What is the definition of Agranulocytosis?

White blood cells fight infections from bacteria, viruses, fungi, and other germs. One important type of white blood cell is the granulocyte, which is made in the bone marrow and travels in the blood throughout the body. Granulocytes sense infections, gather at sites of infection, and destroy the germs.

When the body has too few granulocytes, the condition is called agranulocytosis. This makes it harder for the body to fight off germs. As a result, the person is more likely to get sick from infections.

What are the alternative names for Agranulocytosis?

Granulocytopenia; Granulopenia

What are the causes for Agranulocytosis?

Agranulocytosis may be caused by:

  • Autoimmune disorders
  • Bone marrow diseases, such as myelodysplasia or large granular lymphocyte (LGL) leukemia
  • Certain medicines used to treat diseases, including cancer
  • Certain street drugs
  • Poor nutrition
  • Preparation for bone marrow transplant
  • Problem with genes

What are the symptoms for Agranulocytosis?

Symptoms of this condition may include:

  • Fever
  • Chills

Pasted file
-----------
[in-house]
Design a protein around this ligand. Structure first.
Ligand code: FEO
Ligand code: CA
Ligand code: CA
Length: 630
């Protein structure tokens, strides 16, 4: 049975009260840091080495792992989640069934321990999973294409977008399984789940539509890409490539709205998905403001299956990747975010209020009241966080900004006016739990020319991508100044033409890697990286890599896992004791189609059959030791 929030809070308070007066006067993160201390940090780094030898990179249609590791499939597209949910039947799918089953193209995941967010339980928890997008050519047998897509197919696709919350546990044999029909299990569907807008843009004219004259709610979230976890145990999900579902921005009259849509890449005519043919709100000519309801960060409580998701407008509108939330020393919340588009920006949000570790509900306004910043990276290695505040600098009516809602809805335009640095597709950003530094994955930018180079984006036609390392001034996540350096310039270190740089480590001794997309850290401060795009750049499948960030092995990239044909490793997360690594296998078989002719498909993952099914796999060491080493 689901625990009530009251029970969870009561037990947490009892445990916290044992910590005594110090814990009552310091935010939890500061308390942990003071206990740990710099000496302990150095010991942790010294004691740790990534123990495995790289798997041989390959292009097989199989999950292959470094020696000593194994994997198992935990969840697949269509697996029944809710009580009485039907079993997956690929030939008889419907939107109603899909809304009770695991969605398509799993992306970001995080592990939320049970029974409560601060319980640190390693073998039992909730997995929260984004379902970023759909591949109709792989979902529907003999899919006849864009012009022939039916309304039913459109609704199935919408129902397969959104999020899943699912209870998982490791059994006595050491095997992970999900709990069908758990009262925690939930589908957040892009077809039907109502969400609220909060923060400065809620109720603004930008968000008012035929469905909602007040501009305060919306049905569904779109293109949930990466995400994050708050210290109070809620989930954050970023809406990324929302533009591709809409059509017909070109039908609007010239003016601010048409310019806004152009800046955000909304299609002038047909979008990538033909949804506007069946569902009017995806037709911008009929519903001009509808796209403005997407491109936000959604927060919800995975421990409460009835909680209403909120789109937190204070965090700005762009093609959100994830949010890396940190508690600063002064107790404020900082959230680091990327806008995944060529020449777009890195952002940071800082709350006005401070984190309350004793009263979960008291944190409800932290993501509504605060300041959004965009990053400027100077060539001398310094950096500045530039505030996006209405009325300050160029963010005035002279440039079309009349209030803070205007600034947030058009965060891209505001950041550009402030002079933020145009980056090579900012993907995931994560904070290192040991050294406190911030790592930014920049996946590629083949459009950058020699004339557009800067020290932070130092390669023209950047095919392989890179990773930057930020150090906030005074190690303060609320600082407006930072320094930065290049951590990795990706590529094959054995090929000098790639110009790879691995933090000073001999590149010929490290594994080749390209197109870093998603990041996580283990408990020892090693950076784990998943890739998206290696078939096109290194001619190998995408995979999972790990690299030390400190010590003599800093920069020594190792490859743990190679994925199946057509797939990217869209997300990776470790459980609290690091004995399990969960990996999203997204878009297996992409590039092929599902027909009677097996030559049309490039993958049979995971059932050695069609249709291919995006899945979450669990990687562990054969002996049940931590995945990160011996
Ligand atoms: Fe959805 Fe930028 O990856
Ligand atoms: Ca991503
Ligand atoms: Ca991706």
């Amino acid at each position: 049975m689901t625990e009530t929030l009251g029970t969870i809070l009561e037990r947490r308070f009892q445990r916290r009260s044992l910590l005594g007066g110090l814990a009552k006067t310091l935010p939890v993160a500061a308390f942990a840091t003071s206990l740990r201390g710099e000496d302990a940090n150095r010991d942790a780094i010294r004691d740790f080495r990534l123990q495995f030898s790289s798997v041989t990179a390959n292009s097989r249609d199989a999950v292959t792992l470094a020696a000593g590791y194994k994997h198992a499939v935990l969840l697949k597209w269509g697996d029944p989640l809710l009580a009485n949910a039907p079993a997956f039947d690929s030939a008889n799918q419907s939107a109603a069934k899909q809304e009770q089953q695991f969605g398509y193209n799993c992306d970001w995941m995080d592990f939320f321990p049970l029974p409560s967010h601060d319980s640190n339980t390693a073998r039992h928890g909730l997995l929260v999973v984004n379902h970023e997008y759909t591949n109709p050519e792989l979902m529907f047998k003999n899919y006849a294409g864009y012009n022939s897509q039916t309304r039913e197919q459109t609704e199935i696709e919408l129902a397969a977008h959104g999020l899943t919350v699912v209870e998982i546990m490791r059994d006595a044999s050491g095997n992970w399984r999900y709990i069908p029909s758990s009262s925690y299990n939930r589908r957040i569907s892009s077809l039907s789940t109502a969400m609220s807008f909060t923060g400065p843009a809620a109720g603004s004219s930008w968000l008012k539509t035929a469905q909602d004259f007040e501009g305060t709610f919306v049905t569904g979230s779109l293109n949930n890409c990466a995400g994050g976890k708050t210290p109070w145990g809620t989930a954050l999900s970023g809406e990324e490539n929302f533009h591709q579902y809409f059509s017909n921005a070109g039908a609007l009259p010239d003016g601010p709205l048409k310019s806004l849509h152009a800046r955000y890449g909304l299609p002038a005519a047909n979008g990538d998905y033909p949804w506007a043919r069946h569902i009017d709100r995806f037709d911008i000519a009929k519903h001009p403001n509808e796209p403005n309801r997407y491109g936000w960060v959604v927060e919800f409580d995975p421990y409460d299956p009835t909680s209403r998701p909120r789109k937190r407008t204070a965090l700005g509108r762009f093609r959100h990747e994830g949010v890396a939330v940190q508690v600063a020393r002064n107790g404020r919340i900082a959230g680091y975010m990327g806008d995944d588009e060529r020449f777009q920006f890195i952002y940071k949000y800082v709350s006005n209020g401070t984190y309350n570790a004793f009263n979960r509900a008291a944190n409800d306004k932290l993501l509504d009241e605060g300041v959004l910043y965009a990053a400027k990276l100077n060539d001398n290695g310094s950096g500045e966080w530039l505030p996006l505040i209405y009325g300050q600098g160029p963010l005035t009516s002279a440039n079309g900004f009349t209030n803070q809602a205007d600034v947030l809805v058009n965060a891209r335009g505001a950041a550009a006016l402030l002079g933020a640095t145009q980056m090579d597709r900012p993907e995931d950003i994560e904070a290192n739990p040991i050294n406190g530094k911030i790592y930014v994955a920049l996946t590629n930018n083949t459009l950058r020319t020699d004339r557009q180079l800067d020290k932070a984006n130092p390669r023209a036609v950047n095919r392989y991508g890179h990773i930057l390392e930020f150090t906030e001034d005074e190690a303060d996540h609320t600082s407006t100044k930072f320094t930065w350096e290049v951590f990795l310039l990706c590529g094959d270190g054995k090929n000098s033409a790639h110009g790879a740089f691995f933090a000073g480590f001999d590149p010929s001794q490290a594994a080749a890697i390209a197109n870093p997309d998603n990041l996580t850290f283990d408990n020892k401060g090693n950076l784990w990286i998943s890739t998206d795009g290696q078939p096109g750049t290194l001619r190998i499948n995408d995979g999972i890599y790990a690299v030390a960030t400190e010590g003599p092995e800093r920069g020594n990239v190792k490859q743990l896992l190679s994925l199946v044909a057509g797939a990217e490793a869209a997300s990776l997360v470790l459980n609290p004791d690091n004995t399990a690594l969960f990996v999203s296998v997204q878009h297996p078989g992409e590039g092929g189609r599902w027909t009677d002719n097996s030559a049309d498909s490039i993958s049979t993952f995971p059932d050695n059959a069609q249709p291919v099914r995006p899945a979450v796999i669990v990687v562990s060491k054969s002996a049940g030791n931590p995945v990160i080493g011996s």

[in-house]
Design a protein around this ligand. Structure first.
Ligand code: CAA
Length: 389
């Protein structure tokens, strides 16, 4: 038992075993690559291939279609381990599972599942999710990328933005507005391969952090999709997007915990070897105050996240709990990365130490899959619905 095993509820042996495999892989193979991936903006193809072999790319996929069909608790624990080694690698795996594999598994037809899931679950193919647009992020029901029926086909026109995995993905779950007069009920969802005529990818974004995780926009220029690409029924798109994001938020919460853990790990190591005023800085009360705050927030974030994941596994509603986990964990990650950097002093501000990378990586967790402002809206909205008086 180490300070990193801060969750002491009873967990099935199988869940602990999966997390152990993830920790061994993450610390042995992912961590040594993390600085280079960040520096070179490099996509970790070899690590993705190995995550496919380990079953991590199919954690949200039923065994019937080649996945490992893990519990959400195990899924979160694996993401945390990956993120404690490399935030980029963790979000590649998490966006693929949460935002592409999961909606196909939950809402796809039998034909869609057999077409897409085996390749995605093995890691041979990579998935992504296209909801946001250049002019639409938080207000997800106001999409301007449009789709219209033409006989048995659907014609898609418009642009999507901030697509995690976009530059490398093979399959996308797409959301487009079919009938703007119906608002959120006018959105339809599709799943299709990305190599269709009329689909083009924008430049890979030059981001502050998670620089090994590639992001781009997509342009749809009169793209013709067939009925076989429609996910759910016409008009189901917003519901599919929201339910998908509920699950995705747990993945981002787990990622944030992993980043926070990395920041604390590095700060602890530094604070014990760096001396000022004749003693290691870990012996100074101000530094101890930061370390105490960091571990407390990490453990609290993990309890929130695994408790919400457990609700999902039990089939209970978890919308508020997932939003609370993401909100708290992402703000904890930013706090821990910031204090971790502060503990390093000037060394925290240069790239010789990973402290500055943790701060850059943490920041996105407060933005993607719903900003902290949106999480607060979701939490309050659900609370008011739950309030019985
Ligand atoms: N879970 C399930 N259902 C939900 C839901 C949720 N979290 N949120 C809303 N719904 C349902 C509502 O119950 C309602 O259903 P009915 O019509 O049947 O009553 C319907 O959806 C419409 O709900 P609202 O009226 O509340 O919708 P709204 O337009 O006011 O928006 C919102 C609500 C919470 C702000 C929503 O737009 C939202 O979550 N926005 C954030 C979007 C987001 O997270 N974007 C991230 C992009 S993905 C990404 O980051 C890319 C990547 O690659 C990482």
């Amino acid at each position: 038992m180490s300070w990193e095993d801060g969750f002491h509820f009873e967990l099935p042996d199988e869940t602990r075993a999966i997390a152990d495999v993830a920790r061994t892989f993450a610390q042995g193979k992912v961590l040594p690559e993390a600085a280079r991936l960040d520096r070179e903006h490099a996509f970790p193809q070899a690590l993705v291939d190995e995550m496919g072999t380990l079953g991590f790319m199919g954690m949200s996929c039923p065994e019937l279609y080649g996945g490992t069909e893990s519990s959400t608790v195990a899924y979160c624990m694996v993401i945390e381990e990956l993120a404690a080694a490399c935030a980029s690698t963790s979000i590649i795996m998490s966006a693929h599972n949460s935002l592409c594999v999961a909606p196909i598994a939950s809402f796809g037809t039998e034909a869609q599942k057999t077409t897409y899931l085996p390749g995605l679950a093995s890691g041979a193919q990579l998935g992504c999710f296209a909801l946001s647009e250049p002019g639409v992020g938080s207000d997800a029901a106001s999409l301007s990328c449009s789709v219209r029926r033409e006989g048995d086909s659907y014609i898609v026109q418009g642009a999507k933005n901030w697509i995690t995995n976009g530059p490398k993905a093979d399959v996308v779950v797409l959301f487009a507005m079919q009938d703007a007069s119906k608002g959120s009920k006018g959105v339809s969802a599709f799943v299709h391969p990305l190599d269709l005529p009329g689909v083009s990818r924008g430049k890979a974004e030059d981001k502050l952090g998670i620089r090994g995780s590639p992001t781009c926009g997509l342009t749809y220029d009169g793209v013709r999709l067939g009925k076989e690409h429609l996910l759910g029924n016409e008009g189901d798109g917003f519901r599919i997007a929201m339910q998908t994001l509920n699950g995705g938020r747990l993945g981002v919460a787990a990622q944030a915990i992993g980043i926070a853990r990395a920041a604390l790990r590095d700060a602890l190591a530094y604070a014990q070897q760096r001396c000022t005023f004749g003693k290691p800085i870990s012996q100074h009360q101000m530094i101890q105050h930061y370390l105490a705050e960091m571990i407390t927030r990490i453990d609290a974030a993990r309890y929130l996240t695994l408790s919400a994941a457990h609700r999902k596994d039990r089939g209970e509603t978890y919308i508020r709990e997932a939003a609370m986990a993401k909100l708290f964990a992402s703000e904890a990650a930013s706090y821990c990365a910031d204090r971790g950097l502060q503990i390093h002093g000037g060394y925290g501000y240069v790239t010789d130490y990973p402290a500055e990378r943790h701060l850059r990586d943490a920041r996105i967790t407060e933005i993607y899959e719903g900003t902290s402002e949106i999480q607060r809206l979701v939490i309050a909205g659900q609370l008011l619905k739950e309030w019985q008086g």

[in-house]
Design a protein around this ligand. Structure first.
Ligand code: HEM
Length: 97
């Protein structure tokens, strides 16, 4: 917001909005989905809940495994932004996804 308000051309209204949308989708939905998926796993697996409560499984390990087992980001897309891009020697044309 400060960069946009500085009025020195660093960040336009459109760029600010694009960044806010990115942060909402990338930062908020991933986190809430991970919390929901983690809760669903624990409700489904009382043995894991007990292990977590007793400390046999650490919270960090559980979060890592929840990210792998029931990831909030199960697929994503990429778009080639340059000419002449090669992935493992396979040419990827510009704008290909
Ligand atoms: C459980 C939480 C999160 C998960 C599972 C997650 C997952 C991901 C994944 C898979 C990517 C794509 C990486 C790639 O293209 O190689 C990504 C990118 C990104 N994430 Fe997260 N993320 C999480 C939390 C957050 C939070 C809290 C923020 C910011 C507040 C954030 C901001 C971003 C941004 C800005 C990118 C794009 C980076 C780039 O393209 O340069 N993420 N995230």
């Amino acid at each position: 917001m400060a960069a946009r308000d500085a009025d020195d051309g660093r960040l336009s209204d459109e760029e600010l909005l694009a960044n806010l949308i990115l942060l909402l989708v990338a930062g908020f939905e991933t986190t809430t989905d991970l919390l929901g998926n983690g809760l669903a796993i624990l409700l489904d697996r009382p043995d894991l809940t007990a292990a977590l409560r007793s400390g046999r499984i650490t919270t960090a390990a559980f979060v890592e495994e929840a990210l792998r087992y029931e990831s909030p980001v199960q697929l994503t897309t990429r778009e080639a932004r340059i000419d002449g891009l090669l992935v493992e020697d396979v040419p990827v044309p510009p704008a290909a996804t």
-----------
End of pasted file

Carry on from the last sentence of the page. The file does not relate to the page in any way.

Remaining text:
• Malaise
  • General weakness
  • Sore throat
  • Mouth and throat ulcers
  • Bone pain
  • Pneumonia
  • Shock

What are the current treatments for Agranulocytosis?

Treatment depends on the cause of the low white blood cell count. For example, if a medicine is the cause, stopping or changing to another medicine may help. In other cases, medicines to help the body make more white blood cells will be used.

What is the outlook (prognosis) for Agranulocytosis?

Treating or removing the cause often results in a good outcome.

How do I prevent Agranulocytosis?

If you are having treatment or taking medicine that could cause agranulocytosis, your health care provider will use blood tests to monitor you.

Blood

REFERENCES

Cook JR. Bone marrow failure syndromes. In: Hsi ED, ed. Hematopathology. 3rd ed. Philadelphia, PA: Elsevier; 2018:chap 5.

Klokkevold PR, Mealey BL. Influence of systemic conditions. In: Newman MG, Takei HH, Klokkevold PR, Carranza FA, eds. Newman and Carranza's Clinical Periodontology. 13th ed. Philadelphia, PA: Elsevier; 2019:chap 14.

Sive J, Foggo V. Haematological disease. In: Feather A, Randall D, Waterhouse M, eds. Kumar and Clarke's Clinical Medicine. 10th ed. Philadelphia, PA: Elsevier; 2021:chap 17.

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